Republican candidate Donald Trump has now distanced himself from the Republican field on yet another issue—Israel. He has declared himself “neutral.” This is apparently so he can devote a few weeks in the Oval office to solving the Arab-Israel conflict (hey, why not, when you are the world’s greatest ever deal-maker). Neutral is of course a euphemism for “anti-Israel.” There is no legitimate neutral stance between the Palestinian Arabs whose goal is what Abba Eban used to call “politicide” and Israel, which seeks to maintain its existence in the face of hatred and barbarism. Even the much pilloried Chamberlain did not consider himself “neutral” on the question of Czechoslovakia’s survival. He was deluded but not neutral.


Teaching Antisemitism at Vassar—and Beyond by Rael Jean Isaac

The anti-Semitic hysteria on many elite American campuses (the veil of anti-Zionism now thrown off) is belatedly becoming the subject of major concern in the Jewish community. As well it should. The young people of this community, in what should be idyllic years, are being exposed, often for the first time in their lives, to unreasoning hatred. Moreover what starts on campus does not stay there. Those whose opinions are shaped in our colleges and universities move on to become the opinion shapers of the broader culture: the journalists, the academics, the professionals, the entertainers, the politicians.

While their children may not be subject to the intimidation and bullying Jews encounter, non-Jews should also be deeply worried. Most would be horrified to see our colleges descend into what Victor Davis Hanson calls places “as foreign to American traditions of tolerance and free expression as what followed the Weimar Republic.” Parents hope their children will be introduced to what Matthew Arnold called the best that has been thought and said, not mired in impenetrable thickets of verbiage, behind which lie ignorance, falsehoods and malice.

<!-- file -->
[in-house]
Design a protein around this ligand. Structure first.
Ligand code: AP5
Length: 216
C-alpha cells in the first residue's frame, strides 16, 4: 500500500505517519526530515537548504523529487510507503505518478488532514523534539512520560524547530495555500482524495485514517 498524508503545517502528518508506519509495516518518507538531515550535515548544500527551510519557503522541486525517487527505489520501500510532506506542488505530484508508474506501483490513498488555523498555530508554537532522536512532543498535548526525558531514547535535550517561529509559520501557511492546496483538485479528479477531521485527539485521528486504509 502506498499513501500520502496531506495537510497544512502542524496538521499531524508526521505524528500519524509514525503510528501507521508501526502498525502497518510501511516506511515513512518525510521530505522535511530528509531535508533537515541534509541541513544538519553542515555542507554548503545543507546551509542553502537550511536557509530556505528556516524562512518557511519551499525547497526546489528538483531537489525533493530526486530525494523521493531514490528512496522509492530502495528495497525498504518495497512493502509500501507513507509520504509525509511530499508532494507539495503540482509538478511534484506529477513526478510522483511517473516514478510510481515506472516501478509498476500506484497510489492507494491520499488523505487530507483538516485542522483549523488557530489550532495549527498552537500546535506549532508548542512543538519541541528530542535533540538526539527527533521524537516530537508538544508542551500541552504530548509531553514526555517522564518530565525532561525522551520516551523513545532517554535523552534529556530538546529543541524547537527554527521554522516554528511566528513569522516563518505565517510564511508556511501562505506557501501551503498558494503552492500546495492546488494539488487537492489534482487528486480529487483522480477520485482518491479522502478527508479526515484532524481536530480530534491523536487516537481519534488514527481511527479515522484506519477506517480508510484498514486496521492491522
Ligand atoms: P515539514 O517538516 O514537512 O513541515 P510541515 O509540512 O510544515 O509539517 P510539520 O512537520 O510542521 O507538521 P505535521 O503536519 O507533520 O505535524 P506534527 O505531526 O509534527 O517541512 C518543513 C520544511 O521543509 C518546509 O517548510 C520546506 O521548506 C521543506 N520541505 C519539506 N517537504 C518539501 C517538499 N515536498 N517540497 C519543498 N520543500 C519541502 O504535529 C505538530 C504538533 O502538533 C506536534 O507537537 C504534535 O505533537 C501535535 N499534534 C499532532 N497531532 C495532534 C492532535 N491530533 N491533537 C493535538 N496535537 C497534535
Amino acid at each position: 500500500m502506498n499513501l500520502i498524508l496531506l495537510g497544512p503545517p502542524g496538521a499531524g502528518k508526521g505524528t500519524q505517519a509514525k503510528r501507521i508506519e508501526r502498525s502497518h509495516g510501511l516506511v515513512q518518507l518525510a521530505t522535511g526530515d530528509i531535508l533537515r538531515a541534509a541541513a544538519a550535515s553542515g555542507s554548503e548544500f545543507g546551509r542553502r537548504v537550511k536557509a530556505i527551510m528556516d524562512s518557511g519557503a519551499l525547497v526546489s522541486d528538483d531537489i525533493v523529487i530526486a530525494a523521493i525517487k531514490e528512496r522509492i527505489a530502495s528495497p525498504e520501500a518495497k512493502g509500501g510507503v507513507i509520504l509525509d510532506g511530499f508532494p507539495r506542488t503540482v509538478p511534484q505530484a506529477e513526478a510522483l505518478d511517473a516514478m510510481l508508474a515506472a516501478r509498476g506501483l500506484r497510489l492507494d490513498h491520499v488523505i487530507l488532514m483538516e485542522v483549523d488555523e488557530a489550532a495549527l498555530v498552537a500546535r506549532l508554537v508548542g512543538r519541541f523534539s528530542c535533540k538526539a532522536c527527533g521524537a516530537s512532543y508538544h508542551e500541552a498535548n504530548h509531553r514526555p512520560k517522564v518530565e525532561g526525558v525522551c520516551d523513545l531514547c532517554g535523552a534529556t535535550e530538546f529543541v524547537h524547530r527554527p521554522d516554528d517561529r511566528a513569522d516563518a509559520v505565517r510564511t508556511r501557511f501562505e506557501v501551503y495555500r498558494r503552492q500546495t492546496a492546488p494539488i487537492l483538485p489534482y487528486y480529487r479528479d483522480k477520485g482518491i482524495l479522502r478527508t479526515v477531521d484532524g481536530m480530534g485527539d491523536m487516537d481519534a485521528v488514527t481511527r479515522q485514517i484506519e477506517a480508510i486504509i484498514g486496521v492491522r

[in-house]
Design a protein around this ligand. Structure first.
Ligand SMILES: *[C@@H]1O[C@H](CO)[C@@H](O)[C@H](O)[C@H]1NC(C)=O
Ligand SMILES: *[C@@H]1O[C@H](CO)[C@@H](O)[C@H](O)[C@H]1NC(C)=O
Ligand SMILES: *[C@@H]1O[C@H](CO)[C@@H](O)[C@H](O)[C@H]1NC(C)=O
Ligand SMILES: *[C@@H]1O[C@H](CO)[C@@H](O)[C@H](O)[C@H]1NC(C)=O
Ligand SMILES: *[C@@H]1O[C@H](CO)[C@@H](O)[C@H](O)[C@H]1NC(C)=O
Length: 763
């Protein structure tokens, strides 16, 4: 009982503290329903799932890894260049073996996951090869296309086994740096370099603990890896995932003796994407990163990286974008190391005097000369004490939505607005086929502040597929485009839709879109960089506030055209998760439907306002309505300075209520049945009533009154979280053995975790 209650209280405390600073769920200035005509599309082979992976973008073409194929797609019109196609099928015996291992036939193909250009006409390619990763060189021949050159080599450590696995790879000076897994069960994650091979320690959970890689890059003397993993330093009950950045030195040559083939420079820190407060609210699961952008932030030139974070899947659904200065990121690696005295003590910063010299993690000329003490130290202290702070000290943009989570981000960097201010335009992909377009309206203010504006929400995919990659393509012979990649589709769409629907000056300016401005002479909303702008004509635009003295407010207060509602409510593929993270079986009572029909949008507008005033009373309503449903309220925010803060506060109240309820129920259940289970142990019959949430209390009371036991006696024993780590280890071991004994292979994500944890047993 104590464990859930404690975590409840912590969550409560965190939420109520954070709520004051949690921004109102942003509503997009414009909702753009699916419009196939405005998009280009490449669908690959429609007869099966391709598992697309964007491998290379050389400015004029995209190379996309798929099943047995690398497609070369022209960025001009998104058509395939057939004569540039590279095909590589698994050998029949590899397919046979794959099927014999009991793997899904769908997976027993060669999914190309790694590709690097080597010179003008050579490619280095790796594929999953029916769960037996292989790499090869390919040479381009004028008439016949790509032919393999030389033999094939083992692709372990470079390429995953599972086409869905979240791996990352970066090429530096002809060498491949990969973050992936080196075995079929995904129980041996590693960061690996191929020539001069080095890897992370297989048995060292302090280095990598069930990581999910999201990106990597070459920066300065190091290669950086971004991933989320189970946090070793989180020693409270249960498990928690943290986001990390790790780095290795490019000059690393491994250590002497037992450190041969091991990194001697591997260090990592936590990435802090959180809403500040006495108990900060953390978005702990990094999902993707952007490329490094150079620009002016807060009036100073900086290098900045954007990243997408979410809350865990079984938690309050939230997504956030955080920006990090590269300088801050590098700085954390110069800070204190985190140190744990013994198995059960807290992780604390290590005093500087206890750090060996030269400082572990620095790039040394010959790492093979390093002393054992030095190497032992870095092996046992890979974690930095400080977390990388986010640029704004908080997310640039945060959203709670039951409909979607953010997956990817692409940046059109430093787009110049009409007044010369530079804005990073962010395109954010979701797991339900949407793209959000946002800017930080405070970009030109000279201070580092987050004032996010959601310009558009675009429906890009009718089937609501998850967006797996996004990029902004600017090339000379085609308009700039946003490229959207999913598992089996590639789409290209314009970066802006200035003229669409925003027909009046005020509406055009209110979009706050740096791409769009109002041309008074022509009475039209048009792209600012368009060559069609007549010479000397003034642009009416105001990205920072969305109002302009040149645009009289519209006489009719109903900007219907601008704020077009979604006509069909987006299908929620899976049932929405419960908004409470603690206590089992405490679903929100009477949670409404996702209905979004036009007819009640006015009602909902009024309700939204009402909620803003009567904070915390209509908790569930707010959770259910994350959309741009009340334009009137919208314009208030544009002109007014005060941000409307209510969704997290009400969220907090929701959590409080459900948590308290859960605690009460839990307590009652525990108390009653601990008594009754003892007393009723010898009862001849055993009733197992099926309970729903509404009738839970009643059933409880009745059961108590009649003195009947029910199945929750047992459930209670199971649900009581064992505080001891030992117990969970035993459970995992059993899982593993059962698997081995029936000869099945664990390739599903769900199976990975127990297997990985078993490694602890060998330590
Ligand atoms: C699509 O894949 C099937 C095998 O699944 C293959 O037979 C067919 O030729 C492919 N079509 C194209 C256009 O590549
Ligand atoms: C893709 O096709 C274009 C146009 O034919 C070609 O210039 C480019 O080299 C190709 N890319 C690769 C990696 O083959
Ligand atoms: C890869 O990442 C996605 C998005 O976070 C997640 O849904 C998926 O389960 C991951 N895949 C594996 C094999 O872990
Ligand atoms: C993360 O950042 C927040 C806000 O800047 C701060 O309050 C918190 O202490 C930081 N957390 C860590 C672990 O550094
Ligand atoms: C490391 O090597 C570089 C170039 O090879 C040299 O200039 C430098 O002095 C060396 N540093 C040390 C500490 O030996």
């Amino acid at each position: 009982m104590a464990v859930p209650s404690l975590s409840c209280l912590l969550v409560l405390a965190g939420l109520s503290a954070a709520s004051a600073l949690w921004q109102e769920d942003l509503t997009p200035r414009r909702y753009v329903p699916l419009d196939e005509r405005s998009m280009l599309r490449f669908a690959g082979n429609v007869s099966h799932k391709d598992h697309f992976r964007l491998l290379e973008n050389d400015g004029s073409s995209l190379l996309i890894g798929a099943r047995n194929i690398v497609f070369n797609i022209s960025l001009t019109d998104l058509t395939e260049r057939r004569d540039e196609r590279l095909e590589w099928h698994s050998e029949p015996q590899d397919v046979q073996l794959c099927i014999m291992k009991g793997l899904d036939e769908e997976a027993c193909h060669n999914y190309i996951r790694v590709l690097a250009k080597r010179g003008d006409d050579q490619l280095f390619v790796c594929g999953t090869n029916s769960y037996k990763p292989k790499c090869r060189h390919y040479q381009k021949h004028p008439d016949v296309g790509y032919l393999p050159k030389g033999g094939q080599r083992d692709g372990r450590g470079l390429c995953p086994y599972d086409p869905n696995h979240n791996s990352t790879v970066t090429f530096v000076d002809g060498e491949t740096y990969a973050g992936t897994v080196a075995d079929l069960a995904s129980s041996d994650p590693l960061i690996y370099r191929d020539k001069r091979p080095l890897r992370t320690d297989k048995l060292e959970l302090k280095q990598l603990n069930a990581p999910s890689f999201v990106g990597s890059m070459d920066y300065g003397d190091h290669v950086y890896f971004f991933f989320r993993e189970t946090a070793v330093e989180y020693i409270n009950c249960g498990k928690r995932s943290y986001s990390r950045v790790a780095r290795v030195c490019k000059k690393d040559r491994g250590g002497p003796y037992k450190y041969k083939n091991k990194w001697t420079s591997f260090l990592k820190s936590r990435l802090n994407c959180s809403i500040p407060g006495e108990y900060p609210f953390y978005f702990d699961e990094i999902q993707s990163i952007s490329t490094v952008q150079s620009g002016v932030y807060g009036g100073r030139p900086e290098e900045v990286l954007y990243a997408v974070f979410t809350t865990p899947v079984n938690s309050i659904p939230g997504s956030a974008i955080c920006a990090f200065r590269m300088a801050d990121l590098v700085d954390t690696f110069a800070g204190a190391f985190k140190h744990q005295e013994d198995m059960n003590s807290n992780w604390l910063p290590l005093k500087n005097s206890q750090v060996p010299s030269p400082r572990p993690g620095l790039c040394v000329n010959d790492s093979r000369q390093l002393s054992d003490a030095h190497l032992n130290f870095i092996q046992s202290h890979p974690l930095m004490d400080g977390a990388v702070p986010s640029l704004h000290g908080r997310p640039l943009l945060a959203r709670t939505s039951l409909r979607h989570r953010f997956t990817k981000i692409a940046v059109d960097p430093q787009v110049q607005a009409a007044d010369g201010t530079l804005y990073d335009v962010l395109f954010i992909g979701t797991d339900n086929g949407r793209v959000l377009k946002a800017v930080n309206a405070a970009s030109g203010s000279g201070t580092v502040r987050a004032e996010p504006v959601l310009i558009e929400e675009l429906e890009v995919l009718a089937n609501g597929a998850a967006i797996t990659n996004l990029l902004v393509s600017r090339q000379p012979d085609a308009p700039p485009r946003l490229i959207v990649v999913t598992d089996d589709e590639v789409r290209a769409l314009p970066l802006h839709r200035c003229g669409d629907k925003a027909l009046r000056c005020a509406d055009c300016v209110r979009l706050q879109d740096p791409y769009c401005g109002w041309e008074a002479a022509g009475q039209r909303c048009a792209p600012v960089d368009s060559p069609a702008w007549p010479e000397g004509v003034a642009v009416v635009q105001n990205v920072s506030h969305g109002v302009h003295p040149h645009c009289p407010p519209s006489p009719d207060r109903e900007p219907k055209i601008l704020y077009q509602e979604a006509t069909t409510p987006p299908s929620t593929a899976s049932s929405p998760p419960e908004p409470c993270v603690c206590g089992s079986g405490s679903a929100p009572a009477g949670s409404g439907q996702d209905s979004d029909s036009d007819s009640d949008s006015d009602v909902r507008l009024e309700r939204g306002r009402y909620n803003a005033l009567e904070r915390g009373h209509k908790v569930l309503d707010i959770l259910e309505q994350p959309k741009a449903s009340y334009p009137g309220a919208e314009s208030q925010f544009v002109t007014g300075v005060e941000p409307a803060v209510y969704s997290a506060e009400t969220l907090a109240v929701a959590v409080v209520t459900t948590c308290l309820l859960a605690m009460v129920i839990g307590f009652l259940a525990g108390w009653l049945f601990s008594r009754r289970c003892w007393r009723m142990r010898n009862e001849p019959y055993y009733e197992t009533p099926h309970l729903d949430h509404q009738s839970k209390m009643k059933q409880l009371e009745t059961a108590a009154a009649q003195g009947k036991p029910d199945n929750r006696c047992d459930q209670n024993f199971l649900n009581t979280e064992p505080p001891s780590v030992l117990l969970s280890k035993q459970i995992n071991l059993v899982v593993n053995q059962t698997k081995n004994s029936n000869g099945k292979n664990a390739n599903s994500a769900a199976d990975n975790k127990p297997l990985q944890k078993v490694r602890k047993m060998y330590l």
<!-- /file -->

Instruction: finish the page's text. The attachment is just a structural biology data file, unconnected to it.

Take the lecture on Feb. 3 by Rutgers Associate Professor Jasbir Puar at Vassar College. Under the title “Inhumanist Biopolitics: How Palestine Matters,” the invitation declared: “This lecture theorizes oscillating relations between disciplinary, pre-emptive and increasingly prehensive forms of power that shape human and non-human materialities in Palestine….If Gaza, for example, is indeed the world’s largest ‘open air prison’ and experimental lab for Israeli military apparatuses, infrastructural chaos and metric manipulation, what kinds of fantasies (about power, about bodies, about resistance, about politics) are driving this project? ”